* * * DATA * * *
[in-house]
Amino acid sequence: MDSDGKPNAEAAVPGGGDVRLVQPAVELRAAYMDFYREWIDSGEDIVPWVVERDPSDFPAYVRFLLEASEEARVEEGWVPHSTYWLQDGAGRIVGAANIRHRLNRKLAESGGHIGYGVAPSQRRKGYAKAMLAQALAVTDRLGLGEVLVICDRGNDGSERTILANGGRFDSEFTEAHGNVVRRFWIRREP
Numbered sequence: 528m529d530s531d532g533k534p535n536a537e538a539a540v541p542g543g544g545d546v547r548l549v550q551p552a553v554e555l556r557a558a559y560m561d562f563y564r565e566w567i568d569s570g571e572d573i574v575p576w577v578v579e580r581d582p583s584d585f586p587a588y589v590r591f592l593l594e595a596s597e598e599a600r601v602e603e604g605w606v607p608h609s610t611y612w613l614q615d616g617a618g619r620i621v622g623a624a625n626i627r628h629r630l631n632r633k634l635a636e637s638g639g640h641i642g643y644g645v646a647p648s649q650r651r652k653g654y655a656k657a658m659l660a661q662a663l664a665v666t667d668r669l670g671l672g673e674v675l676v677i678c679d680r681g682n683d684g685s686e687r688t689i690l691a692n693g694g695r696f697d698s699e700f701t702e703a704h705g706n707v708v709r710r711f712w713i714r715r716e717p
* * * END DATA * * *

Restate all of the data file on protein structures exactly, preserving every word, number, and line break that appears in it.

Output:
[in-house]
Amino acid sequence: MDSDGKPNAEAAVPGGGDVRLVQPAVELRAAYMDFYREWIDSGEDIVPWVVERDPSDFPAYVRFLLEASEEARVEEGWVPHSTYWLQDGAGRIVGAANIRHRLNRKLAESGGHIGYGVAPSQRRKGYAKAMLAQALAVTDRLGLGEVLVICDRGNDGSERTILANGGRFDSEFTEAHGNVVRRFWIRREP
Numbered sequence: 528m529d530s531d532g533k534p535n536a537e538a539a540v541p542g543g544g545d546v547r548l549v550q551p552a553v554e555l556r557a558a559y560m561d562f563y564r565e566w567i568d569s570g571e572d573i574v575p576w577v578v579e580r581d582p583s584d585f586p587a588y589v590r591f592l593l594e595a596s597e598e599a600r601v602e603e604g605w606v607p608h609s610t611y612w613l614q615d616g617a618g619r620i621v622g623a624a625n626i627r628h629r630l631n632r633k634l635a636e637s638g639g640h641i642g643y644g645v646a647p648s649q650r651r652k653g654y655a656k657a658m659l660a661q662a663l664a665v666t667d668r669l670g671l672g673e674v675l676v677i678c679d680r681g682n683d684g685s686e687r688t689i690l691a692n693g694g695r696f697d698s699e700f701t702e703a704h705g706n707v708v709r710r711f712w713i714r715r716e717p